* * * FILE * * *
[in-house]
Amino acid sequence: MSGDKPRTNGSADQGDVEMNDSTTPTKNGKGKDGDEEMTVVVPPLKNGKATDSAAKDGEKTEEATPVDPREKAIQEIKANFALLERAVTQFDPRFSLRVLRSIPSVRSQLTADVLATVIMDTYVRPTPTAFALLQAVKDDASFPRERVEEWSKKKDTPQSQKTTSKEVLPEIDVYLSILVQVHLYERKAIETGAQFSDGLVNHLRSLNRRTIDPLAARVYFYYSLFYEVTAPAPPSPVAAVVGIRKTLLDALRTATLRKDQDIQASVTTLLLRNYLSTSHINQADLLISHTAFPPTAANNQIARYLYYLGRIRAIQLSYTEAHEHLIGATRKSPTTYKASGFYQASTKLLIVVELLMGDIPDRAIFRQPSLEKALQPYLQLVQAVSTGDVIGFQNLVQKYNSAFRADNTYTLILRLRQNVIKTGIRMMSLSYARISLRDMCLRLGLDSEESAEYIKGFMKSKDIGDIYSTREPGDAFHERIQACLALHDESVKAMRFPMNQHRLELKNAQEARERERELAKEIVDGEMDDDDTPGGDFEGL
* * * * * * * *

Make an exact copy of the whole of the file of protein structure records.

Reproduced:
[in-house]
Amino acid sequence: MSGDKPRTNGSADQGDVEMNDSTTPTKNGKGKDGDEEMTVVVPPLKNGKATDSAAKDGEKTEEATPVDPREKAIQEIKANFALLERAVTQFDPRFSLRVLRSIPSVRSQLTADVLATVIMDTYVRPTPTAFALLQAVKDDASFPRERVEEWSKKKDTPQSQKTTSKEVLPEIDVYLSILVQVHLYERKAIETGAQFSDGLVNHLRSLNRRTIDPLAARVYFYYSLFYEVTAPAPPSPVAAVVGIRKTLLDALRTATLRKDQDIQASVTTLLLRNYLSTSHINQADLLISHTAFPPTAANNQIARYLYYLGRIRAIQLSYTEAHEHLIGATRKSPTTYKASGFYQASTKLLIVVELLMGDIPDRAIFRQPSLEKALQPYLQLVQAVSTGDVIGFQNLVQKYNSAFRADNTYTLILRLRQNVIKTGIRMMSLSYARISLRDMCLRLGLDSEESAEYIKGFMKSKDIGDIYSTREPGDAFHERIQACLALHDESVKAMRFPMNQHRLELKNAQEARERERELAKEIVDGEMDDDDTPGGDFEGL